“Aren’t you glad you got out of school headship when you did?” I have heard this question, or variations on this theme, often over the last year, and I have generally answered in the affirmative. What was already a difficult occupation has become monumentally more pressured since the onset of Covid. And the challenges presented by the pandemic have been exacerbated by the long overdue and often painful reckoning many schools have encountered in the wake of George Floyd’s death. Layered over all of this has been an excruciating election season when many heads have had to navigate heightened and sensitive political passions in their communities. Yet there is some very good news here for independent schools; despite the apparent hurdles, I encounter remarkable people on a daily basis eagerly seeking to lead schools into the future.
In June of 2017, I retired from school headship. The reasons were uncomplicated; after 22 years in the role, I was ready to try something different. There were certainly elements of the job from which I was delighted to walk away. Decades of discussions about dress codes of various regional, philosophical and cultural sorts, among other mundane persistent topics, no longer held any interest for me. I had had my fill of emotionally-overwrought parents, teachers, trustees, students and school neighbors. I had navigated through a multitude of crises over the years, large and small, from unexpected social eruptions to the tragic passing of members of my immediate school community; all of these situations take a cumulative toll on the psyche and energy reserves of a school head. It was a sometimes lonely and stressful occupation. In spite of all that, however, I continue to regard headship as the best job in the world and the most wonderful experience of my life.
It does not surprise me that even in this most trying of school years I have had many rich conversations with people who aspire to headship. The primary motive for most of these people is the desire to serve, inspire and build communities. The problems of the last year, rather than dampening this urge, have instead stimulated it. It strikes many educators that in their lifetimes there has been no more propitious and essential moment to take a stand for character, reason, compassion, equality, and service to others.
The last several months have induced an unprecedented platform for change and innovation in education. While everyone longs to return to some sort of remembered “normal,” the fact is that we will never fully go back. Teachers and administrators have adapted with remarkable skill and flexibility, and they have found some of those changes to be things that they want to retain in their practice and approach. This includes technological adaptations, but it also incorporates adjustments to curriculum, pedagogy, the function and organization of schools, and fundamental ways that we approach education at every level. Has there ever been a moment in recent history more primed to witness remarkable progress and positive change in education?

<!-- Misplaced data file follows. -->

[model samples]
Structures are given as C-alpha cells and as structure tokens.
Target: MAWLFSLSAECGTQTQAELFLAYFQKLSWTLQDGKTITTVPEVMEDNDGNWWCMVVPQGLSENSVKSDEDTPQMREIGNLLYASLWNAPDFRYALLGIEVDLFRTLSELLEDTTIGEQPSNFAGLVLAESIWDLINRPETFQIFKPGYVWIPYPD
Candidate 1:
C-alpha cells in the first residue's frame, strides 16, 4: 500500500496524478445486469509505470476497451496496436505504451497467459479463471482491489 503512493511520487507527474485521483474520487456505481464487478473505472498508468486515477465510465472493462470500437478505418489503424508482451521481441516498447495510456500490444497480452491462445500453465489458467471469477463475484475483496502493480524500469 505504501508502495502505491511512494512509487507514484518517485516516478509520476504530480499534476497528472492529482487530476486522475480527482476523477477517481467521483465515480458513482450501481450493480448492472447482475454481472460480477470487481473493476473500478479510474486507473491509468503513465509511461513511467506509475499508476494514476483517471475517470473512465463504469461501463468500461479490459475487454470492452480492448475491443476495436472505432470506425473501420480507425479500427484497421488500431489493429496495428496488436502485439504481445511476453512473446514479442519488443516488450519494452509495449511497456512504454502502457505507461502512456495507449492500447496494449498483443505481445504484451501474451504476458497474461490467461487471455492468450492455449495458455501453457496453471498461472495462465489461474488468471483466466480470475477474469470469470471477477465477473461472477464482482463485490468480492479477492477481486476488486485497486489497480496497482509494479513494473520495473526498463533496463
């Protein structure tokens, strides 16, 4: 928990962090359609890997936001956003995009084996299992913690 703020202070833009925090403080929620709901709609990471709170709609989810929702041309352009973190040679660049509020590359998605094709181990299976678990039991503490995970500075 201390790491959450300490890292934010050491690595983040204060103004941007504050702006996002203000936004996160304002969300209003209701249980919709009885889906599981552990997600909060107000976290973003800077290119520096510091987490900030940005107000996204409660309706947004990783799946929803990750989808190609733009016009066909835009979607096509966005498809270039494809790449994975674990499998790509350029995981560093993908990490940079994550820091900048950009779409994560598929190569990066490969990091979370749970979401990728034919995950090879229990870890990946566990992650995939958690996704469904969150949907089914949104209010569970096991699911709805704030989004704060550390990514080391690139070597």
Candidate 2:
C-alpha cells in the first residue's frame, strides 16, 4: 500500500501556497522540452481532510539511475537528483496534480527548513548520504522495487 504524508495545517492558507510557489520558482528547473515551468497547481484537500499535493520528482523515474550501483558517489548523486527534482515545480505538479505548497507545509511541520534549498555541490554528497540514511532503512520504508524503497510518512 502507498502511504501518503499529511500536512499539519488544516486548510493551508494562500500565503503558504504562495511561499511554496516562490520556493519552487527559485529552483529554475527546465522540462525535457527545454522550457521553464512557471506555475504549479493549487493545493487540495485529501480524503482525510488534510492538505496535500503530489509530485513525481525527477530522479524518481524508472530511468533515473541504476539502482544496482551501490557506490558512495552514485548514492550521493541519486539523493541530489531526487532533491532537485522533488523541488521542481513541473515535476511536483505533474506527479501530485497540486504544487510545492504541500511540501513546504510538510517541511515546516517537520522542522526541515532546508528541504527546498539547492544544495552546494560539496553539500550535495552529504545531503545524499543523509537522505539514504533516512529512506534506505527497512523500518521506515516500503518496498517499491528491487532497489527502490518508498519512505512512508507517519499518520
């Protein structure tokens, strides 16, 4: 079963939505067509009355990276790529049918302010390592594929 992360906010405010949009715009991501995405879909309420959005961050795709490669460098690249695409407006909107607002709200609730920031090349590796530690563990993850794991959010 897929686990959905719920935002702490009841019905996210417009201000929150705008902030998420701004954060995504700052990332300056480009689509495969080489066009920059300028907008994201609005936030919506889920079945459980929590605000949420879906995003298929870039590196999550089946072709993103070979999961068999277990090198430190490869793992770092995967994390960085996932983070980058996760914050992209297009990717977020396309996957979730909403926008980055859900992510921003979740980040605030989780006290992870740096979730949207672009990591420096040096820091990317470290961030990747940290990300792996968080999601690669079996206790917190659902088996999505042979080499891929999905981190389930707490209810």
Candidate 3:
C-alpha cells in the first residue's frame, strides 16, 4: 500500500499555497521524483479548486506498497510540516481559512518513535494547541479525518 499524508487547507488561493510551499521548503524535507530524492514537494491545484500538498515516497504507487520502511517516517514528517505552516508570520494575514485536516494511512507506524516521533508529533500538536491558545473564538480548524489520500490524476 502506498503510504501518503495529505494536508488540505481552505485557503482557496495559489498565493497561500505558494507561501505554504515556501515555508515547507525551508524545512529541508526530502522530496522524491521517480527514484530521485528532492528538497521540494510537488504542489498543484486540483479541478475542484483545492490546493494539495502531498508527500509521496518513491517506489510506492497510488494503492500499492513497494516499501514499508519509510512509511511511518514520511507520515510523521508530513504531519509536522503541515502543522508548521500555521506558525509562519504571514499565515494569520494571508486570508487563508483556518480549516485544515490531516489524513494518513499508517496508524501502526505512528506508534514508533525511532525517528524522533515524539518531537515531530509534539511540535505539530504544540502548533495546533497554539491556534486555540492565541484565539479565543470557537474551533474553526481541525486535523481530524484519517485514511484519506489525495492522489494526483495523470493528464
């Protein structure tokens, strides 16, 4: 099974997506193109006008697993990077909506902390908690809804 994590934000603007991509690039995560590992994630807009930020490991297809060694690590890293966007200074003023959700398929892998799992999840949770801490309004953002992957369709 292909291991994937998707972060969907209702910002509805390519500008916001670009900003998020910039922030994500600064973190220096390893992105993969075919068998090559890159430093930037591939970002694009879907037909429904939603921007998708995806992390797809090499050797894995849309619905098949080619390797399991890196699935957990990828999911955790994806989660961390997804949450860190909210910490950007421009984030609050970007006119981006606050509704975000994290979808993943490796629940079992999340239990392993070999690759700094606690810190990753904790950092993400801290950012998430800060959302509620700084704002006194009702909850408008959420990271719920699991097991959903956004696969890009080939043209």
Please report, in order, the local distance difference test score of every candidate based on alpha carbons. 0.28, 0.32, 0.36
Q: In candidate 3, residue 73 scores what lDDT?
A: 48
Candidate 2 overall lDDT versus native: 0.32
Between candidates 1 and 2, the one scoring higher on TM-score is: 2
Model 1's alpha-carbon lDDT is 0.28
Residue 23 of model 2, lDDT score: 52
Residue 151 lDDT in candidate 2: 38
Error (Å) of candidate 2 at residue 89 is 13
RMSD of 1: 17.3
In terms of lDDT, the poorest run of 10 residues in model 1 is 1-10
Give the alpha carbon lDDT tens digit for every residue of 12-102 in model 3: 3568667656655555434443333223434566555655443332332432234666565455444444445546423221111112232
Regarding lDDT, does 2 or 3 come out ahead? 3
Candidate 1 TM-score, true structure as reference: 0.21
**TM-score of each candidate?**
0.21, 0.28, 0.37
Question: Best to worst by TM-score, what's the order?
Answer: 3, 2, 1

It is probable that the next 10 years in schools will look profoundly different than the last 10. Heads have the opportunity, the responsibility, the imperative to rethink schools, and to build dedicated teams of people to collaborate in this work. This must include anti-racism work, the role and ongoing utilization of remote learning, the economic model of independent schools, and what it means to be "educated" beyond 2021, among many other topics.
I asked several of my colleagues at RG175 what they thought about the question of why one would want to be a head in the years ahead and they came to the same or similar conclusions to mine. One of my partners, Tom Hudnut, offered some particularly poignant observations that I want to share. He said, “Having lived, and led, through the crises of 2020 that you cite, people should know that this perfect storm, this weird confluence of negative occurrences, is unlikely to happen again. We school teachers are born optimists, so believing that shouldn’t be too difficult.”
He added, “Second, regardless of the circumstances in which we find ourselves, children need to be taught, sensitive and able teachers need to be hired, money needs to be raised, schools need to be led. Why not you, Prospective Head? The need has never been greater for school leaders with wisdom and a deft touch in dealing with people.”
“Third, most schoolchildren in America, regardless of the kind of school they attend, have lost a great deal during the pandemic in terms of social-emotional growth and academic attainment. Someone who has the ability to galvanize a school community, rally people to the school’s cause, and motivate the group’s progress will always be in demand.”
He finished by saying, “Being a Head of School is still a great job. The opportunity to mold and improve a community, inspire students and teachers and families, and create a positive ethos that permeates people’s lives–what other job affords that?”
I am cheered by these thoughts even as we pass through dark moments. I deeply hope those who might aspire to headship will continue to be motivated in these times to embrace what can be the greatest job in the world.